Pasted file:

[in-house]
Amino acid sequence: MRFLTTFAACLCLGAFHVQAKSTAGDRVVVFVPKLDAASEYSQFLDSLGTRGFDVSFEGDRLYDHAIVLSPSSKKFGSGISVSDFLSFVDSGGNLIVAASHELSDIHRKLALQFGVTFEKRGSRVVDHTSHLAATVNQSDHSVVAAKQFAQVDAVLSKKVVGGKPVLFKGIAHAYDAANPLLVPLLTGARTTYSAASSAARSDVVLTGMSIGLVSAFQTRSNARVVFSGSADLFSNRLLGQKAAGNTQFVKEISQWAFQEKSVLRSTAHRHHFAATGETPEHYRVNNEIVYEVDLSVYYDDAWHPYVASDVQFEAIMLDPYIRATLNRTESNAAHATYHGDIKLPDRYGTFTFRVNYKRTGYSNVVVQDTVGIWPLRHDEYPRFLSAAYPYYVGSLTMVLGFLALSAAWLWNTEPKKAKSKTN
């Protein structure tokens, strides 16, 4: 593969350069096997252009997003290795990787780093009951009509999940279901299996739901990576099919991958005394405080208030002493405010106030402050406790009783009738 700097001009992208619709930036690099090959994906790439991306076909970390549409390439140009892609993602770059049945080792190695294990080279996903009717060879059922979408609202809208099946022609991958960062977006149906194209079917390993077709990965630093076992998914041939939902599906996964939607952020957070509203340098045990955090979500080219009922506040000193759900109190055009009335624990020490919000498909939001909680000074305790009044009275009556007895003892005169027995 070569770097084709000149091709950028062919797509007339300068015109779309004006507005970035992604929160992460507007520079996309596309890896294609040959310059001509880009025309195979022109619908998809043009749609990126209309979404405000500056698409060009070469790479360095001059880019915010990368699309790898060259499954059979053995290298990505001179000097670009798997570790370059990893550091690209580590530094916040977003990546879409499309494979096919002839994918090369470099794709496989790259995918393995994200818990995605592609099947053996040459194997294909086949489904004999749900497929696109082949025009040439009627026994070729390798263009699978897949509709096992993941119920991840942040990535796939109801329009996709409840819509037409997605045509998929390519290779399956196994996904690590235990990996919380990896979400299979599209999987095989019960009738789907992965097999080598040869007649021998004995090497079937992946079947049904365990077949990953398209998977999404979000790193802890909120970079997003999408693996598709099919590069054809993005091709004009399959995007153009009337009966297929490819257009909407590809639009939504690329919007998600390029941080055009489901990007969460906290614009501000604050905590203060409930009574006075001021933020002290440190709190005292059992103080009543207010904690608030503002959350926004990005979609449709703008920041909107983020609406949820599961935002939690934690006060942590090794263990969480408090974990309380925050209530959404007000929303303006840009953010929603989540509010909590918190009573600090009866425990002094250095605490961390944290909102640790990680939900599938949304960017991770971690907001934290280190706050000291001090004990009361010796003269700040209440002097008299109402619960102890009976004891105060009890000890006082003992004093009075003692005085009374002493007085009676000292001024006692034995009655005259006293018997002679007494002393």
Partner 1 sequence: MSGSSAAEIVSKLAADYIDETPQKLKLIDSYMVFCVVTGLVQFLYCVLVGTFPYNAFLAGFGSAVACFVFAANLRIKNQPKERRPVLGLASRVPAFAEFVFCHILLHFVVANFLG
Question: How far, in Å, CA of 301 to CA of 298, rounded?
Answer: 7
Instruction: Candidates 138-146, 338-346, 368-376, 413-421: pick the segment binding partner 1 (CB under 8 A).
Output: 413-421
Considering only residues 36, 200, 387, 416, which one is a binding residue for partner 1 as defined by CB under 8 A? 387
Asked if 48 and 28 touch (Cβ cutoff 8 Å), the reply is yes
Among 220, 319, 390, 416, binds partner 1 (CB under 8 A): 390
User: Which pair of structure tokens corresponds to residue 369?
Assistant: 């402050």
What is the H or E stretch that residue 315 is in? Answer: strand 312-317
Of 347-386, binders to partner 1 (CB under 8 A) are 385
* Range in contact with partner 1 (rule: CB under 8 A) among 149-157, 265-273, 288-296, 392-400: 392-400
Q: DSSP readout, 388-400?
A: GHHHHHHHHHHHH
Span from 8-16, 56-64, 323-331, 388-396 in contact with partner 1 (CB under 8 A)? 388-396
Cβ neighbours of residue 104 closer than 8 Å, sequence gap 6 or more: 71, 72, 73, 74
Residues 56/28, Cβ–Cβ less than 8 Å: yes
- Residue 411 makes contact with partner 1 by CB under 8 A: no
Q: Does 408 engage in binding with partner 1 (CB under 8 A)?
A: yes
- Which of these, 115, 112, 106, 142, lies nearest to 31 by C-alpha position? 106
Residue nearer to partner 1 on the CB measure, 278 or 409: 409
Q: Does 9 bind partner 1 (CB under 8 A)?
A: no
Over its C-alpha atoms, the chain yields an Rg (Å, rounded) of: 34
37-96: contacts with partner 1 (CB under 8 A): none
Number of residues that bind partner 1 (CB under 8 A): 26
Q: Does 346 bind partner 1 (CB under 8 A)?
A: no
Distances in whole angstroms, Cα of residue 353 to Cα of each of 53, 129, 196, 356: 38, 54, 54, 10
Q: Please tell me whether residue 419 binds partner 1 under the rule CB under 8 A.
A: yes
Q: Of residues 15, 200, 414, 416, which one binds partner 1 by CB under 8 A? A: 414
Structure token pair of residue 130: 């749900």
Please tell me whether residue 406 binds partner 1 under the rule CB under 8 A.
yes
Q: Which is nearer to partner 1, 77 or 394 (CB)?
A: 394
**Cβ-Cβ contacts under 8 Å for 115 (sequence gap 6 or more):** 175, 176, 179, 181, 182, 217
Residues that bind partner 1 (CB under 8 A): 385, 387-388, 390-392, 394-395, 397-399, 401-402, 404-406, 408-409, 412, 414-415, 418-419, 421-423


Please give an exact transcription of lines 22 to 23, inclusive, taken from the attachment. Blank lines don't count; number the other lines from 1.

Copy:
- Residue 411 makes contact with partner 1 by CB under 8 A: no
Q: Does 408 engage in binding with partner 1 (CB under 8 A)?